This is the final part of the anaglyph stereoscopy tutorial. This part deals with the prectical implementation of the concepts and formulas discussed before to create a 3D cube. You need 3D glasses to notice the stereoscopic effect. [sociallocker][/sociallocker]
This section of the tutorial gives few more real life applications of the stereoscopic vision and also derives the stereoscopic 3D-2D perspective conversion formulas. These formulas are based on the approximation that the that both right and left eyes observe the same v-coordinate.
I made a stereoscopic model in October last year, however, choosing the wrong colors (red and blue on a black background, the effect was very weak (if any). This series was suggested to me last week by one of the guests here on the website, Don L. (thanks Don!), who sent me his stereoscopic cube. I opened the model, put on my goggles and his cube literally popped out of the…
This brief tutorial explains how to calculate the solution vector of a system of linear equations using the Excel spreadsheet function MINVERSE() which calculate the inverse of a matrix. [sociallocker][/sociallocker]
This is a brief tutorial showing how to calculate the determinant of a matrix and the inverse of a matrix using two special spreadsheet functions MDETERM() and MINVERSE(). [sociallocker][/sociallocker]
This is a tutorial introducing two important matrix manipulation spreadsheet functions in Excel: the matrix transposition function TRANSPOSE() and the matrix multiplication function MMULT(). These functions are a bit harder to use than the regular spreadsheet functions in the sense that the result is a matrix and a matrix cell range is treated by the program as a unity (you cannot change the formula since you cannot operate on a single cell). There are some…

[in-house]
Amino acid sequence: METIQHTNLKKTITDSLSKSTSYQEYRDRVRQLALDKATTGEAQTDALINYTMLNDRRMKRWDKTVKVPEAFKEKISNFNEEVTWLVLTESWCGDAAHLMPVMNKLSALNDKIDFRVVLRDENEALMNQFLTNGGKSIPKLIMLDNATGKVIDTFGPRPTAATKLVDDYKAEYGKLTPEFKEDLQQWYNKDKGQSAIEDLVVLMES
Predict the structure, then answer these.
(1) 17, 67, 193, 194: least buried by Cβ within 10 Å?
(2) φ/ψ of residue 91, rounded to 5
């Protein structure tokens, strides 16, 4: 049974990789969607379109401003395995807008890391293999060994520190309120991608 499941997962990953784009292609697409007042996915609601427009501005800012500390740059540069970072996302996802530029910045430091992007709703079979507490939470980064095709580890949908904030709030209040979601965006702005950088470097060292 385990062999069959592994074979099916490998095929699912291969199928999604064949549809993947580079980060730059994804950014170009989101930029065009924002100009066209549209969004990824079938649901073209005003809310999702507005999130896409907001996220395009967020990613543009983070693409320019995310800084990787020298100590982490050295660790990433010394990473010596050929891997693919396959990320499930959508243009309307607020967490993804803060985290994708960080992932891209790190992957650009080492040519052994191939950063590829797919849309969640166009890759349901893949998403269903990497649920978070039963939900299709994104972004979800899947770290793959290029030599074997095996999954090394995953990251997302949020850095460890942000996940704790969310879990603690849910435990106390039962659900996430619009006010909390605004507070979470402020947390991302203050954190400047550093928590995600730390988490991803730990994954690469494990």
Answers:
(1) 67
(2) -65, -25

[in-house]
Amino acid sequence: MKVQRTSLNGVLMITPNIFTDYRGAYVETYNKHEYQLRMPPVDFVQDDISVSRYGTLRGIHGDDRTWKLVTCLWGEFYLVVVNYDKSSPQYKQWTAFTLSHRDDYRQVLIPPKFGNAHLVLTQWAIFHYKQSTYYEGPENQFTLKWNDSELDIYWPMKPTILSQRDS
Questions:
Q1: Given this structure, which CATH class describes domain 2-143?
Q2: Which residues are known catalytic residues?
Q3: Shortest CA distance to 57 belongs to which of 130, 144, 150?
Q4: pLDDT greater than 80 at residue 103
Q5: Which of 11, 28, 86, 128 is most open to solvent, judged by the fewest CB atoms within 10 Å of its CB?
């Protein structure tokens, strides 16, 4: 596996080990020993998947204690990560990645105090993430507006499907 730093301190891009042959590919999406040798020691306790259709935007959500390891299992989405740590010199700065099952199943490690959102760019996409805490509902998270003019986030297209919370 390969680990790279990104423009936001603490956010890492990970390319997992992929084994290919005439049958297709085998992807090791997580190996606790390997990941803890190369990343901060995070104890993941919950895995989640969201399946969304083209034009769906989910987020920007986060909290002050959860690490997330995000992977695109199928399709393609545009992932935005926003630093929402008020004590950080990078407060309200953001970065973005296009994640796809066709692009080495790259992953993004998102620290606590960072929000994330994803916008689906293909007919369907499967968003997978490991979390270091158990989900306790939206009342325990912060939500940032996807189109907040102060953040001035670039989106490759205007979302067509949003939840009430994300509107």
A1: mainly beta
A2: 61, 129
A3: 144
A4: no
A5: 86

This tutorial explains how to build two animated random walk models, one where the particle is confined to square grid and one where the particle is free to step in any direction. The first model is adequate for modeling particle movement in solids while the second is more fit for modeling particle diffusion motion in fluids. [sociallocker][/sociallocker]
This is the last tutorial of the series and it shows how to implement the previously derived formulas into a spreadsheet model. The spreadsheet formulas, the macros and charting of the dynamic data is explained. [sociallocker][/sociallocker]
This section shows how to model heat transfer in a linear bar by dividing it in elementary sections in which the basic linear equations introduced in the previous tutorials can be used.